Swetnam’s Lunge – pt 2

Some time back, I wrote about Aylward’s incorrect assertion that Swetnam did not know of the lunge.

Recently, I happened across an article about Swetnam by William E. Wilson, pitched as a short introduction to Swetnam’s fencing. Mr. Wilson’s collection of online resources were a huge help to me when I began learning about HES, and I own his book on rapier fencing.

Despite Wilson’s contributions to my own education, I have to call him out on this article – he makes the same mistake as Aylward did in 1956! In only the second paragraph of the article, he writes  “Unfortunately for Swetnam, it appears he did not know of the lunge which was being taught at the time by some Italian Masters (Capo Ferro for one).”

Because Aylward’s book is listed as a reference, I assume that Wilson found the false information in this otherwise trustworthy source, but I am still confused. In the rest of the article Wilson goes on to outline Swetnam’s teachings in-depth. He certainly could not have gotten this information without actually reading the treatise – so how did he miss the lunge?

Last time, I provided a quote that made it clear that Swetnam advocates the lunge. I will go ahead and provide a second one this time:

The best way to bring thy feete to a sure standing, both for defence and offence, is when thou dost practice with thy friend or companion; at first get thy backe to the wall, and let him that playeth with thee stand about twelve foote distance, and set thy left heele close to the wall, and thy right foote heele to the great ioynt of the left foote great toe, and when thou intendest to offend thy enemy, either with blow or thrust, then steppe forth with thy right foote, and hand together, but keepe thy left foote fast moored like an anchor, to plucke home thy body and thy right foote into his place and distance againe; use this fashion but three of foure times, and it will bring thee to a true standing with thy foote, and it will be as easie to thee as any other way; whereas if thou practice in a large roome without any stoppe to set thy foot against, then will thy foote be alwaies creeping away, so that although thou wouldest refraine the setting abroad of thy feet, yet thou canst not, especially if thou hast bee used to set them abroad heretofore. [emphasis added]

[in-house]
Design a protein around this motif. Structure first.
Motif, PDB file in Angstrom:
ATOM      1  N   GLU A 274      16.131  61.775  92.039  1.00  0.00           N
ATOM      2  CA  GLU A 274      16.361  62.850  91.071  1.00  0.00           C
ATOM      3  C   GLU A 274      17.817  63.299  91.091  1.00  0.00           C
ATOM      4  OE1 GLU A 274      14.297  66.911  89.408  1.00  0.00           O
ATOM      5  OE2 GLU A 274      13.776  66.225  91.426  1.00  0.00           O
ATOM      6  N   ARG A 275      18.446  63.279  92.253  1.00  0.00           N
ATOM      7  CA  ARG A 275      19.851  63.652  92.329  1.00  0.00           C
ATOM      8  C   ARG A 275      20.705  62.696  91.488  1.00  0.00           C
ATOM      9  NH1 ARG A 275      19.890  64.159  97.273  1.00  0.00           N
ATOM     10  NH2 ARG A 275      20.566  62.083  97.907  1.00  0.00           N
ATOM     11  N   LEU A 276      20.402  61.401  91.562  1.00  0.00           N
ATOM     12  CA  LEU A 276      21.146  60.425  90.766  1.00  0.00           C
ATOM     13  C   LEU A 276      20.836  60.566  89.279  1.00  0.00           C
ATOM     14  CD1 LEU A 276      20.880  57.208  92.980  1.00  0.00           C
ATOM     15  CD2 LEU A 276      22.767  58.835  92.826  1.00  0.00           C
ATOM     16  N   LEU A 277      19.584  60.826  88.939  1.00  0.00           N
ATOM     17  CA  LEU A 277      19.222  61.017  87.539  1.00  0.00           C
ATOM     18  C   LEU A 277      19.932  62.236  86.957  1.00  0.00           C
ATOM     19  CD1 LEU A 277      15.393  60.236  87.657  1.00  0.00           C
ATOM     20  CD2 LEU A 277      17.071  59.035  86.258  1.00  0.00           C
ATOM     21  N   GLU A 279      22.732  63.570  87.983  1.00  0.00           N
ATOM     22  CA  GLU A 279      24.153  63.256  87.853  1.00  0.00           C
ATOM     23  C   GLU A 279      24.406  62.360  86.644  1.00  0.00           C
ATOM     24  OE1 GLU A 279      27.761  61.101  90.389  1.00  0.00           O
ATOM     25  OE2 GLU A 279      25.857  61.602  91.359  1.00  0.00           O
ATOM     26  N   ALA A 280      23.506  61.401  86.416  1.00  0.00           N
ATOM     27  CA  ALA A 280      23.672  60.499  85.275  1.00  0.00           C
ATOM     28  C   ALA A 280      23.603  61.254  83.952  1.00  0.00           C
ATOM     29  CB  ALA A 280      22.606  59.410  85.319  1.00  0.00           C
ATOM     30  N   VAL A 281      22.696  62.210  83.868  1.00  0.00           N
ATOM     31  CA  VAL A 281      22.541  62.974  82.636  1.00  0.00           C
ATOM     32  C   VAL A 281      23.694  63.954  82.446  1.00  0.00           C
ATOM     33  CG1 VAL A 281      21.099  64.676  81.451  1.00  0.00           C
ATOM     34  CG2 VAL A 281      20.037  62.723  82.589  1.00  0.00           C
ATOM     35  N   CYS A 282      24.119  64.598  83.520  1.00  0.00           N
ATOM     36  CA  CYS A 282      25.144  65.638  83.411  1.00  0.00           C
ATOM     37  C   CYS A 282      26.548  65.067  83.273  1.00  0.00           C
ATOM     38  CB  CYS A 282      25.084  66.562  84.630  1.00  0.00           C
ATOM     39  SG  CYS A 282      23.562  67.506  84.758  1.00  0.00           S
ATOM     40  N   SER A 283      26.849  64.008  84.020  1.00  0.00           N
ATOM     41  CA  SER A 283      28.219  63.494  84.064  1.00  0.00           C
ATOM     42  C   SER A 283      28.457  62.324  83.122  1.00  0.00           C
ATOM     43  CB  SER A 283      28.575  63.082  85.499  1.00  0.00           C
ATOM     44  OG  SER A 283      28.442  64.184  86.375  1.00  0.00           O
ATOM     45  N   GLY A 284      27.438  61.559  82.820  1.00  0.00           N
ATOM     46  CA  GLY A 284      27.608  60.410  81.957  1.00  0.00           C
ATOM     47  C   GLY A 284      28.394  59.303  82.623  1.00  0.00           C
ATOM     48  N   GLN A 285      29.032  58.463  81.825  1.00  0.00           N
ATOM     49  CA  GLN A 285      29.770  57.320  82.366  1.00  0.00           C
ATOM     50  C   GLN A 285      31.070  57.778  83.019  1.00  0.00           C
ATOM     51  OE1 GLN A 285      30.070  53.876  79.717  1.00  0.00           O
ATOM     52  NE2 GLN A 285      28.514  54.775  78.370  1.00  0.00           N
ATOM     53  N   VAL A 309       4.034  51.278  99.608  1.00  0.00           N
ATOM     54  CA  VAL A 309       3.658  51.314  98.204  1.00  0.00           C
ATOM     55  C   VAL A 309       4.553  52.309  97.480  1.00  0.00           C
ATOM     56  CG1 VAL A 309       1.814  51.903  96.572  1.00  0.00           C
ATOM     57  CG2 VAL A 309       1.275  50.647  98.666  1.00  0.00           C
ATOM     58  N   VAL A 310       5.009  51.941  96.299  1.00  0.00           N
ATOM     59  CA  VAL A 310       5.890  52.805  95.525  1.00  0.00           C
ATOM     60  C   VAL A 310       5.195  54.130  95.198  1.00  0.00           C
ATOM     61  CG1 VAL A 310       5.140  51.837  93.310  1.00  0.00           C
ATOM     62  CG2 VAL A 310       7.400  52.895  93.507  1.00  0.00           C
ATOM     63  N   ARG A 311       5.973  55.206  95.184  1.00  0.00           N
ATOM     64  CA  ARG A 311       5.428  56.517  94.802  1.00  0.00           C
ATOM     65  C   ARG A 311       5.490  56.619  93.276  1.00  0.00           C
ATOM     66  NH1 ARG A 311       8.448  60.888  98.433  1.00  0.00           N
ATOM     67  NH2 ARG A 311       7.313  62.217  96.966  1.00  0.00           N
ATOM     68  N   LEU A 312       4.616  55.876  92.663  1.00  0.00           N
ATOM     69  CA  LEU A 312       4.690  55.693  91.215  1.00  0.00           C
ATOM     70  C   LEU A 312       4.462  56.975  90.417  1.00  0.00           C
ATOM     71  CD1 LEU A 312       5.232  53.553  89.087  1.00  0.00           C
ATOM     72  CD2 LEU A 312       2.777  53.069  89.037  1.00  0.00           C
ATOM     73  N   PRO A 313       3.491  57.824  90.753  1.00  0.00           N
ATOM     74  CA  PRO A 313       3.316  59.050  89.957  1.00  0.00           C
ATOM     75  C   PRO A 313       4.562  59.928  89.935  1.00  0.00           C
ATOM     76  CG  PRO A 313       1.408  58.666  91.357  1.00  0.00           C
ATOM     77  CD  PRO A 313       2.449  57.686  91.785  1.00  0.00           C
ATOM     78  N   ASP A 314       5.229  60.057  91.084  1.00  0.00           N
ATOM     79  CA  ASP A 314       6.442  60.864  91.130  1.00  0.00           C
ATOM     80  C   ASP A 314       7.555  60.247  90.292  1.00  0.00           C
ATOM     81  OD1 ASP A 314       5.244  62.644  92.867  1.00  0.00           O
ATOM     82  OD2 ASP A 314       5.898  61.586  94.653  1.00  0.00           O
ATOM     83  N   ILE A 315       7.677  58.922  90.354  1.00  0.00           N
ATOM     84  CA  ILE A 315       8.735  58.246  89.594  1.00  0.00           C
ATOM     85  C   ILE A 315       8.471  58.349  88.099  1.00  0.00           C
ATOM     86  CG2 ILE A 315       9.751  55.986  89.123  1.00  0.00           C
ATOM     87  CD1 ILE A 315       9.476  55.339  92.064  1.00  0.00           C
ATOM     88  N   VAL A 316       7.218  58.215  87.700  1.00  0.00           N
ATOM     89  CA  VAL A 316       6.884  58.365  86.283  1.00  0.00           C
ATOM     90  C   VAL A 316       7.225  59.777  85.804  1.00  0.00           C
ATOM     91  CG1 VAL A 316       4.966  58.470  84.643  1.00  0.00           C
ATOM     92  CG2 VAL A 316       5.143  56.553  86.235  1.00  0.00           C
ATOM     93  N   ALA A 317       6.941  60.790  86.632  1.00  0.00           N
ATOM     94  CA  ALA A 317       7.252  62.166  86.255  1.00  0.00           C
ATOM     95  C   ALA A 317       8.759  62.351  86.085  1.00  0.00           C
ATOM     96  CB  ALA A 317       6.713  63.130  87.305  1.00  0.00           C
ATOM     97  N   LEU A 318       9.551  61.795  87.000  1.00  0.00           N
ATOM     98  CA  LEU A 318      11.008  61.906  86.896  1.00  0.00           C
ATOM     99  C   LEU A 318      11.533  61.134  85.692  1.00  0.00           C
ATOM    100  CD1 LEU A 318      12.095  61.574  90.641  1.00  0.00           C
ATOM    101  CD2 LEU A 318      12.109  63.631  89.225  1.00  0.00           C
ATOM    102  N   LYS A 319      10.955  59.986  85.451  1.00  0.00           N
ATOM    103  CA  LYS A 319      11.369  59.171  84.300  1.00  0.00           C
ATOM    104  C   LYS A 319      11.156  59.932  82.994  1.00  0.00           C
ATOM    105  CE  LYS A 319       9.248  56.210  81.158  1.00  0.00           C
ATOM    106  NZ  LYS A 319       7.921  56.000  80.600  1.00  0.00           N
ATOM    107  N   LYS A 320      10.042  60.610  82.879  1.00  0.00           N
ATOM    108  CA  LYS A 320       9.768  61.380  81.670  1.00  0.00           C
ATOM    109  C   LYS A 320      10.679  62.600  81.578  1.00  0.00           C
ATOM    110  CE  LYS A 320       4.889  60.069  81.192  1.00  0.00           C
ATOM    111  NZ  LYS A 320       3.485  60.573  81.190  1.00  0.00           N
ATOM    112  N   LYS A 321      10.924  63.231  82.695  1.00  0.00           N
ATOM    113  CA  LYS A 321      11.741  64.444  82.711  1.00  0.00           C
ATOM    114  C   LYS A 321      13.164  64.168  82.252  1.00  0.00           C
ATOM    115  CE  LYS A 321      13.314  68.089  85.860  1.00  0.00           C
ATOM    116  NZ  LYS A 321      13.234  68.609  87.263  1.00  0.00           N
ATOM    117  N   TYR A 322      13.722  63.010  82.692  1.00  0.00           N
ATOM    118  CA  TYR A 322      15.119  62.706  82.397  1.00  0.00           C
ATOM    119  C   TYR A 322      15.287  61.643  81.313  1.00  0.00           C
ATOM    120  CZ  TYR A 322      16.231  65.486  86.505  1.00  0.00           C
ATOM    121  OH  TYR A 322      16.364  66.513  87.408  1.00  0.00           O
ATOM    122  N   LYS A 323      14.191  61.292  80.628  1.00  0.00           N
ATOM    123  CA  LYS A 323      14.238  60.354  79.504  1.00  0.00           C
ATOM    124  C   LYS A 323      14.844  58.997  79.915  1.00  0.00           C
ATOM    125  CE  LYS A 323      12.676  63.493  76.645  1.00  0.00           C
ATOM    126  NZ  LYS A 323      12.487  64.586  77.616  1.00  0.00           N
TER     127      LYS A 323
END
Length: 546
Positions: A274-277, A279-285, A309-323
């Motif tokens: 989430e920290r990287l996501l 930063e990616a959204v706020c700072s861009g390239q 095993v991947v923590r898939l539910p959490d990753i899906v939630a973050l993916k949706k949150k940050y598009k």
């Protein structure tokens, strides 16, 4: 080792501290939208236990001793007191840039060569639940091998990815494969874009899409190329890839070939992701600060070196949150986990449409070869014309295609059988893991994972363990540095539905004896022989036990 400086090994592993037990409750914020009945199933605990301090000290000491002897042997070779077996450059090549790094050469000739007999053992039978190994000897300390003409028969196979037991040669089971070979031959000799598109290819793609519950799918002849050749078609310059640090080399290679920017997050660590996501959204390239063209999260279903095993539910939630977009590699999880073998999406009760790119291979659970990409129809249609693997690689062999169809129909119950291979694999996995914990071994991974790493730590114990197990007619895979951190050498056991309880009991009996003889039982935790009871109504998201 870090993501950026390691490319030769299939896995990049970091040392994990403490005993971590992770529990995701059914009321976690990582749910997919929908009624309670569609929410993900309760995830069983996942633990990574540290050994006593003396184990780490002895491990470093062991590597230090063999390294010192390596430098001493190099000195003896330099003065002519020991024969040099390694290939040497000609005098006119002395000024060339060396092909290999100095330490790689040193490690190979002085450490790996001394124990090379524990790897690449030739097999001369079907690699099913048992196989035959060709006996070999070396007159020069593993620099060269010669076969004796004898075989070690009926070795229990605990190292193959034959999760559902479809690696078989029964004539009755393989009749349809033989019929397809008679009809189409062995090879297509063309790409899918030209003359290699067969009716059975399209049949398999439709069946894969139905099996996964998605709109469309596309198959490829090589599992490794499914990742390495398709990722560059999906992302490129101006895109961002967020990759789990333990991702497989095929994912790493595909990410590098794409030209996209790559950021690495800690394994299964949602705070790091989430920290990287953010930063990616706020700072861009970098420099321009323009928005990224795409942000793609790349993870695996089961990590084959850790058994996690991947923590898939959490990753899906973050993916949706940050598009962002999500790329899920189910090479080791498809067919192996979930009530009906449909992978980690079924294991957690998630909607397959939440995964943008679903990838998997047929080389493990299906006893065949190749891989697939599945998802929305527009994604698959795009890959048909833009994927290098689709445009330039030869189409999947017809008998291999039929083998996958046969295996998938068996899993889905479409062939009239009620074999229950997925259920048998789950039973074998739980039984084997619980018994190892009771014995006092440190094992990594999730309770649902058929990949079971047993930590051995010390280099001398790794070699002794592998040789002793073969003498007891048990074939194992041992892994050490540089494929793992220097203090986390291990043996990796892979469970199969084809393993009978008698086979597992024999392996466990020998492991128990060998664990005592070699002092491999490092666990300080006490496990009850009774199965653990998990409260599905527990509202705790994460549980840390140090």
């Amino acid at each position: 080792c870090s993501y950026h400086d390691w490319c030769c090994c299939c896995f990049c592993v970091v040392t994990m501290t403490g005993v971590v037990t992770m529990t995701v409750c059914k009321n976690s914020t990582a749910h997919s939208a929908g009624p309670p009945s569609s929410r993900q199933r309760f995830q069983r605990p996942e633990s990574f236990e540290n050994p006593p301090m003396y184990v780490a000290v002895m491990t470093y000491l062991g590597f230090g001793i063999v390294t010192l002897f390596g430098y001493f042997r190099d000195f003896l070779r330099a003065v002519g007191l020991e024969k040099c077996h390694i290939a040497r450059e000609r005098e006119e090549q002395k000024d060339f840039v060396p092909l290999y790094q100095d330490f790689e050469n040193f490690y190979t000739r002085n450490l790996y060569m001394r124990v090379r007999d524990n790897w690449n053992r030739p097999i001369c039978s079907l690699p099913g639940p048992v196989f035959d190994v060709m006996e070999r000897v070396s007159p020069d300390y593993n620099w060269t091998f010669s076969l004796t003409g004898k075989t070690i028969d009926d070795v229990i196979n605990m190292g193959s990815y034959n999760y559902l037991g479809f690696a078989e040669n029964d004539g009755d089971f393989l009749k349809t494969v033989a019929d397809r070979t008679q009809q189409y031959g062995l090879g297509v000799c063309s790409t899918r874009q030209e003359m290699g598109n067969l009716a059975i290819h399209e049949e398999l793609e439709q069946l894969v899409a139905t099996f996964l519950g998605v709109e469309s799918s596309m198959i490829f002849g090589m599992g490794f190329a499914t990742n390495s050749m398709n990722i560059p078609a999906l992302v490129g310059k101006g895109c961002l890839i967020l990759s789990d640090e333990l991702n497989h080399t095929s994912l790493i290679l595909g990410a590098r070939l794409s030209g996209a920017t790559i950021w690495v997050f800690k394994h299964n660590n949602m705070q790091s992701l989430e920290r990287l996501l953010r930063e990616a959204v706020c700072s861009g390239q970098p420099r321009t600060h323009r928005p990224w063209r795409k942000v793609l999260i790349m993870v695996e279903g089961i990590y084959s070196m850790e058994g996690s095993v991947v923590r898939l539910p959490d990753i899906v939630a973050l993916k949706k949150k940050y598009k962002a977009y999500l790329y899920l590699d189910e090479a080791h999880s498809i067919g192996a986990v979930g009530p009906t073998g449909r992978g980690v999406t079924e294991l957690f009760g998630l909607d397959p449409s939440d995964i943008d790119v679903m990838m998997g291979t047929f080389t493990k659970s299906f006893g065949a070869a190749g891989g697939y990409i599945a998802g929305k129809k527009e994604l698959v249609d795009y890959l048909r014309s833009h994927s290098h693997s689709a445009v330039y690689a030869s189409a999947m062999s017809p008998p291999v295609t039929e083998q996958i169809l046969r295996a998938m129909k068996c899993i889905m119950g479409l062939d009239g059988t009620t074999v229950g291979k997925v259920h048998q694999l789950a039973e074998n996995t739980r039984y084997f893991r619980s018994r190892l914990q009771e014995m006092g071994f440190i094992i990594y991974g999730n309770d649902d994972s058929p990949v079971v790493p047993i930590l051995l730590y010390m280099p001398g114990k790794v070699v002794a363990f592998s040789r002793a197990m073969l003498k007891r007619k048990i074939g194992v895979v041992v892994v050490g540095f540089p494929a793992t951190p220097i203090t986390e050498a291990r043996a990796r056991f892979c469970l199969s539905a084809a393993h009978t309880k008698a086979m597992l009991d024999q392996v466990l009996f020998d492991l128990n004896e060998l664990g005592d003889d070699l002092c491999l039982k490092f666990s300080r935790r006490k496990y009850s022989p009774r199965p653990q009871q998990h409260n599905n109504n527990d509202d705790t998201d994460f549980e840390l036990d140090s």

Here,  Swetnam not only advocates the lunge, here, but he also gives a drill to improve your lunge. I also find it amusing that he sees the same problems with his students’ lunges as we find throughout the world of fencing today.

Published in: on October 2, 2009 at 6:50 pm  Leave a Comment  
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